As the final seconds ticked down in Game 7 of the Eastern Conference Semifinals, reality began to set in on what has been a whirlwind 26 months for the Toronto Raptors, 16 of which were spent at the top of the mountain as the defending NBA champions.
Seeing the Raptors walk off the floor at the end of a playoff series in a loss was a familiar sight in the first 24 years of the franchise's existence, but over the last two years, the feeling that Toronto would find a way and overcome almost impossible obstacles left even the most pessimistic Raptor fan hopeful.
That's what winning a championship means to a fanbase - it leaves you hopeful that no matter what, it can happen again.
When Masai Ujiri traded for Kawhi Leonard in the middle of July 2018, he did more than just try to improve his team. It was a message to the organization, the fanbase and ultimately the entire basketball world that he was in it to win it.
It's easy to forget that trading for Leonard was a risk. While Kawhi was a phenomenal player and an upgrade from DeMar DeRozan, Leonard had spent much of the previous season on the sideline nursing an injury that he felt was more severe than the San Antonio Spurs were treating it. It led to Leonard reportedly asking for a trade and played out as a bad break up between him and one of the most respected organizations in sports.
On the other side, Ujiri was getting one of the best players in the league but he was giving up an All-Star who had become beloved in the city and country at large. Losing DeRozan was bigger than basketball. He embraced the country and team when every other All-Star before him had seemingly turned their backs on them. DeRozan and Lowry seemed to have an unbreakable bond that served as the springboard for the team's regular-season success over the years.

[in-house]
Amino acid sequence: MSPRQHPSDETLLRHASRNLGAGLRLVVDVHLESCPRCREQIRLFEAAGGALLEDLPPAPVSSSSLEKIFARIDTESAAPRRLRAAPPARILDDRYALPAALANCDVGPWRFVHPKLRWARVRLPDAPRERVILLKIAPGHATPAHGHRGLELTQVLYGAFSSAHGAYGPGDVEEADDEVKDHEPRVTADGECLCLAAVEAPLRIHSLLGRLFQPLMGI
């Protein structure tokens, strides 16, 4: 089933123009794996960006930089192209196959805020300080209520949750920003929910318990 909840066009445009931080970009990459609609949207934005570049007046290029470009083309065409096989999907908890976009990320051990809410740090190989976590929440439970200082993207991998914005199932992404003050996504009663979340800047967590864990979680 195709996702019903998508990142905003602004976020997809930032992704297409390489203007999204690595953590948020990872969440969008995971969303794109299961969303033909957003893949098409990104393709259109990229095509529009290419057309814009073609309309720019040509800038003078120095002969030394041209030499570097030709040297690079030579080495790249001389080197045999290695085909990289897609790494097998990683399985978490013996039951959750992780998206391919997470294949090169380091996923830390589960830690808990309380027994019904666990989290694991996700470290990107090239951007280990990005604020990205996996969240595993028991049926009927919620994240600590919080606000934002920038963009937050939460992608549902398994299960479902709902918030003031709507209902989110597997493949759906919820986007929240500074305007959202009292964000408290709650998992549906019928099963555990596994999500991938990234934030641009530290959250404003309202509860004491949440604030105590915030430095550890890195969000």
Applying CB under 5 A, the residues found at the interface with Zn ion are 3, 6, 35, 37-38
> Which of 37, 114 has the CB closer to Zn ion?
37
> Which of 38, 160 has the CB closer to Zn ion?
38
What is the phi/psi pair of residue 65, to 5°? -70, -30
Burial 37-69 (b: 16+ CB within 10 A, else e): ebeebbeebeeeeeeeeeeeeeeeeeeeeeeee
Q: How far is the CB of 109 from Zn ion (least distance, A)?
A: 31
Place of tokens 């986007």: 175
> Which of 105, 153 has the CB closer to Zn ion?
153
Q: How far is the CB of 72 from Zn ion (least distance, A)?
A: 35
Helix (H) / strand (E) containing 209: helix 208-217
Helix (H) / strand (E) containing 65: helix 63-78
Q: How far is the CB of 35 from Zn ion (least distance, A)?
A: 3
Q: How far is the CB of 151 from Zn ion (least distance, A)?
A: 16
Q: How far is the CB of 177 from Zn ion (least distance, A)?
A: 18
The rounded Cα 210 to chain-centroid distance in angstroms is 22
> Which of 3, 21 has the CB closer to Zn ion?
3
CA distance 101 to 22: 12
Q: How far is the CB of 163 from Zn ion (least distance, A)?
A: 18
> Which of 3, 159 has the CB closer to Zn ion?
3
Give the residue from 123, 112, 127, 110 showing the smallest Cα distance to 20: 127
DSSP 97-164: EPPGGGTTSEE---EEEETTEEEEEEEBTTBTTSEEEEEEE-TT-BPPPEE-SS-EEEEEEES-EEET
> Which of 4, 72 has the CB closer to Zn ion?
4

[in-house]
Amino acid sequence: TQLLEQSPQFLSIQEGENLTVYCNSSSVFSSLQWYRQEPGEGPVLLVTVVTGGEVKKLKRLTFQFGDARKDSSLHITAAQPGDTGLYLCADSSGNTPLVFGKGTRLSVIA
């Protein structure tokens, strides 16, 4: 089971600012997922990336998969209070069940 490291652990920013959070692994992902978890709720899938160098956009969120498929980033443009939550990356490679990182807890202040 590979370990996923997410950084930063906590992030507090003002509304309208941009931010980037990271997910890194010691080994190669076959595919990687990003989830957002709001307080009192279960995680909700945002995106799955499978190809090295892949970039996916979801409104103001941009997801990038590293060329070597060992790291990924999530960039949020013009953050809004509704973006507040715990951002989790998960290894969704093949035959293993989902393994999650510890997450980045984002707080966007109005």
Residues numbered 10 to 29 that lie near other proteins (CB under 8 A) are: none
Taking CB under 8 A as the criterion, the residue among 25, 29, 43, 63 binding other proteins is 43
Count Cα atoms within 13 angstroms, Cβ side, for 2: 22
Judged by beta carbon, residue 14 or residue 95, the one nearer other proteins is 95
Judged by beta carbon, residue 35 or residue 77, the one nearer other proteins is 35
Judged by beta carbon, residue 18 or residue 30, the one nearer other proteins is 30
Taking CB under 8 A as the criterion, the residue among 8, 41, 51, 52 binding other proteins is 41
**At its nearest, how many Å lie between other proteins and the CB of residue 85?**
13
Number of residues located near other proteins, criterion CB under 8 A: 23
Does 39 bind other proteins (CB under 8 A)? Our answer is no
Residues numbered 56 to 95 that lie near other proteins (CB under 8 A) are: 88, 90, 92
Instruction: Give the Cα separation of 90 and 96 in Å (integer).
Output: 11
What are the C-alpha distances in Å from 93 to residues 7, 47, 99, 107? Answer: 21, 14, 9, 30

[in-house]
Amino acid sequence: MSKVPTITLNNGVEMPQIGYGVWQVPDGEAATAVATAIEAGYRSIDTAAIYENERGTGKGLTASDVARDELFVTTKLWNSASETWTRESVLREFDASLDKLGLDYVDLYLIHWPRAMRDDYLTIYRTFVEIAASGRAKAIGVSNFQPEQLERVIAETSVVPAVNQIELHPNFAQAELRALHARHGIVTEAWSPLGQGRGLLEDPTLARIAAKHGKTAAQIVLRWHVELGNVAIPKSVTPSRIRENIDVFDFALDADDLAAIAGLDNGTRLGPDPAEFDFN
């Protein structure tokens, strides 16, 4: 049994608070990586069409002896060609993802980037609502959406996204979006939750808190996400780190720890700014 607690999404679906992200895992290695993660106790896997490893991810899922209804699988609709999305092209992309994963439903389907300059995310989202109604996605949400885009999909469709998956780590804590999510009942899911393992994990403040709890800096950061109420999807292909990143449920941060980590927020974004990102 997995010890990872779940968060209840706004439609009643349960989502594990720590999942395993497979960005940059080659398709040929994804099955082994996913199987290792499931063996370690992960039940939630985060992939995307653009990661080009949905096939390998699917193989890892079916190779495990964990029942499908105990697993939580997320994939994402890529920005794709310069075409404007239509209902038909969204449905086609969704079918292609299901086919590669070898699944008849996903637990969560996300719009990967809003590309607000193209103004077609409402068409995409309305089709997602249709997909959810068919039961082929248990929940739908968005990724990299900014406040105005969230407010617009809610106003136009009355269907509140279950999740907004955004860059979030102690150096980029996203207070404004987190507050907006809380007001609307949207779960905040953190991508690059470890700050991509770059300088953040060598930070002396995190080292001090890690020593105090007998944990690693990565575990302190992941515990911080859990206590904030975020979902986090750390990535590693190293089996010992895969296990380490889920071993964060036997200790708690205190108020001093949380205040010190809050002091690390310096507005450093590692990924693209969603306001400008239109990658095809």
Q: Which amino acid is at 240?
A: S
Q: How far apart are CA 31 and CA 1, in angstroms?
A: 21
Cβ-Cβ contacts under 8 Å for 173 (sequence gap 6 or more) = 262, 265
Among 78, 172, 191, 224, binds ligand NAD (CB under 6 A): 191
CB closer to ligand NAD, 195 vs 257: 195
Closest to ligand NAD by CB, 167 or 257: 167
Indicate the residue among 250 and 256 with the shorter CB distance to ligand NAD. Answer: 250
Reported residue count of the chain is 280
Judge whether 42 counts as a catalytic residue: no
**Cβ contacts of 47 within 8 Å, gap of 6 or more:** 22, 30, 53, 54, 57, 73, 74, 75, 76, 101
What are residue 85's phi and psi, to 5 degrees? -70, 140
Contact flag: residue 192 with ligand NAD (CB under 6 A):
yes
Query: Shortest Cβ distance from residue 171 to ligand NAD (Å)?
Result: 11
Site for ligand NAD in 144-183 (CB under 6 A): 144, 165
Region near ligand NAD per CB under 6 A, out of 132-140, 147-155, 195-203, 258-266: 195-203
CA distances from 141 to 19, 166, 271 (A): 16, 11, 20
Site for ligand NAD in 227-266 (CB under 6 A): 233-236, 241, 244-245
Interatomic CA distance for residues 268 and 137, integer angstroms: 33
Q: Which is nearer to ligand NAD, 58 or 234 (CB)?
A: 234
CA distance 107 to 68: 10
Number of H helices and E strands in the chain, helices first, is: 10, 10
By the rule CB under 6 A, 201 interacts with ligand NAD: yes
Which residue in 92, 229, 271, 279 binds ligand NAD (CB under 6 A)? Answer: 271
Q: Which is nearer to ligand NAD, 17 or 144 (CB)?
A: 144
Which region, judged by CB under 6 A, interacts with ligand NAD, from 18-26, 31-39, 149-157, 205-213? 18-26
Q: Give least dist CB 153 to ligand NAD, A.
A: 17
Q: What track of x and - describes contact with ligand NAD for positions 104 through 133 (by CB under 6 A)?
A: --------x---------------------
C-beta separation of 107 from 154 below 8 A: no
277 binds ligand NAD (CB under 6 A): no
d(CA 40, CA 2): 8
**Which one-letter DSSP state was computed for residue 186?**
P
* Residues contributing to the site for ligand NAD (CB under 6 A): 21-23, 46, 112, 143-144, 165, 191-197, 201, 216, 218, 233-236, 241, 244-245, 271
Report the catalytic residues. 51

It always felt like they were one step away from breaking through. Some of the fanbase felt it was the right move to swap DeRozan for Leonard, but there was a large portion that wanted to see how things would play out now that LeBron James was no longer going to be an obstacle in the East.
Coming off the back of firing Dwane Casey, who had just won Coach of the Year, Ujiri made two moves that left him open to criticism from the masses: Giving an unknown coach named Nick Nurse a shot at trying to get the Raptors to the next level and bringing in a disgruntled superstar who reportedly had no interest in playing in Toronto and was only under contract for one season - two moves that at the time were going to define his legacy for better or worse.
We know how the story ends now, but the journey was full of ups and downs along the way. The country came together and supported a basketball team - something many thought would never happen - on their dramatic march towards a first-ever title.
Last summer the weeks of "Kawhi Watch" coverage saw fans gather outside of restaurants and hotels whenever word made the rounds that Leonard was in the building. Private planes were tracked, 24-hour news channels broke their regular coverage to update the latest on the Klaw - it was all-out madness.
While Kawhi ultimately chose to leave the country, it shined a spotlight on something that's been brewing for a while: Canada is a basketball country, and the Raptors are the heartbeat.
For the last 16 months or so, as the rest of the basketball world has had to address the Raptors as defending champs, they've also had to acknowledge that within the great white north lives arguably the best fanbase in the NBA. It hasn't been exclusive to outsiders; in fact, many in Canada itself have had to acknowledge Raptor fever.
And Raptors fever is starting to trickle over to the many Canadians who are in the league. According to Forbes, playoff ratings were up 41 percent from last year's first-round series that didn't include Toronto. It's long been said that Canadian hoop fans only care about the Raptors, but that's starting to change.
So while many Raptor fans come to terms with the fact that Toronto's title defence came to an abrupt end in Game 7, maybe the end should be looked at as a beginning.
A beginning to a new era in Raptors fandom. The expectation that the front office will do everything they can to once again bring home a winner. The expectation that players no longer look at Toronto as a second-class NBA market.
Over the last 24 months, the Raptors and Canada have finally become a big part of the NBA conversation, and a 2020 playoff exit isn't going to change that.
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